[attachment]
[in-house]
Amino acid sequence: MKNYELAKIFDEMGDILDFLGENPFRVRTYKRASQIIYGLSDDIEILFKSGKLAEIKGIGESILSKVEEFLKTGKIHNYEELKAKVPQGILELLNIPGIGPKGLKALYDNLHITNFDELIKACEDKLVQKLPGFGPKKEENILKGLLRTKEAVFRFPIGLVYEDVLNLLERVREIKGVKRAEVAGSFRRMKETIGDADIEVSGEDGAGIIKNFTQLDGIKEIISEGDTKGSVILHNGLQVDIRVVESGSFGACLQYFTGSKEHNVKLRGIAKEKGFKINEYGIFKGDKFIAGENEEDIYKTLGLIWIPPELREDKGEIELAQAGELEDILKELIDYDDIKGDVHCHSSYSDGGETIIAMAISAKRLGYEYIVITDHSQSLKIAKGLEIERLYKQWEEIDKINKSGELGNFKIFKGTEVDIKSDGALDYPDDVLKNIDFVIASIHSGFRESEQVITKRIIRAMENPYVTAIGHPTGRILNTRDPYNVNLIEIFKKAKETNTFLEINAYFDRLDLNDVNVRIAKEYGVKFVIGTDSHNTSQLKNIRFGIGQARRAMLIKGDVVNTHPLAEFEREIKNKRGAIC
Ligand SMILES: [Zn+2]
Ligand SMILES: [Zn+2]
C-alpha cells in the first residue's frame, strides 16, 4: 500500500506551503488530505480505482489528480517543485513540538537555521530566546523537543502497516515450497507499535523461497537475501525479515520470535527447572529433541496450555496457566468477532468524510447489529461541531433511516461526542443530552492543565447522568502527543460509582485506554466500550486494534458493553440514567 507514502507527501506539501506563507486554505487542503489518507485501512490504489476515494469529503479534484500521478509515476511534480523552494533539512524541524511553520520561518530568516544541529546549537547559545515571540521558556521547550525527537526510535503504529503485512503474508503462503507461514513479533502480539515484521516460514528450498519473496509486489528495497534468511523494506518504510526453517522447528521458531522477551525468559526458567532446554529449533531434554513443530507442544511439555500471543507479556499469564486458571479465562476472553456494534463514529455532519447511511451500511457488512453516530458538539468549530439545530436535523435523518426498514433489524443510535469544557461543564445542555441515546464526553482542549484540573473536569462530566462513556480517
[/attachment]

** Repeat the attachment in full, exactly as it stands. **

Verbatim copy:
[in-house]
Amino acid sequence: MKNYELAKIFDEMGDILDFLGENPFRVRTYKRASQIIYGLSDDIEILFKSGKLAEIKGIGESILSKVEEFLKTGKIHNYEELKAKVPQGILELLNIPGIGPKGLKALYDNLHITNFDELIKACEDKLVQKLPGFGPKKEENILKGLLRTKEAVFRFPIGLVYEDVLNLLERVREIKGVKRAEVAGSFRRMKETIGDADIEVSGEDGAGIIKNFTQLDGIKEIISEGDTKGSVILHNGLQVDIRVVESGSFGACLQYFTGSKEHNVKLRGIAKEKGFKINEYGIFKGDKFIAGENEEDIYKTLGLIWIPPELREDKGEIELAQAGELEDILKELIDYDDIKGDVHCHSSYSDGGETIIAMAISAKRLGYEYIVITDHSQSLKIAKGLEIERLYKQWEEIDKINKSGELGNFKIFKGTEVDIKSDGALDYPDDVLKNIDFVIASIHSGFRESEQVITKRIIRAMENPYVTAIGHPTGRILNTRDPYNVNLIEIFKKAKETNTFLEINAYFDRLDLNDVNVRIAKEYGVKFVIGTDSHNTSQLKNIRFGIGQARRAMLIKGDVVNTHPLAEFEREIKNKRGAIC
Ligand SMILES: [Zn+2]
Ligand SMILES: [Zn+2]
C-alpha cells in the first residue's frame, strides 16, 4: 500500500506551503488530505480505482489528480517543485513540538537555521530566546523537543502497516515450497507499535523461497537475501525479515520470535527447572529433541496450555496457566468477532468524510447489529461541531433511516461526542443530552492543565447522568502527543460509582485506554466500550486494534458493553440514567 507514502507527501506539501506563507486554505487542503489518507485501512490504489476515494469529503479534484500521478509515476511534480523552494533539512524541524511553520520561518530568516544541529546549537547559545515571540521558556521547550525527537526510535503504529503485512503474508503462503507461514513479533502480539515484521516460514528450498519473496509486489528495497534468511523494506518504510526453517522447528521458531522477551525468559526458567532446554529449533531434554513443530507442544511439555500471543507479556499469564486458571479465562476472553456494534463514529455532519447511511451500511457488512453516530458538539468549530439545530436535523435523518426498514433489524443510535469544557461543564445542555441515546464526553482542549484540573473536569462530566462513556480517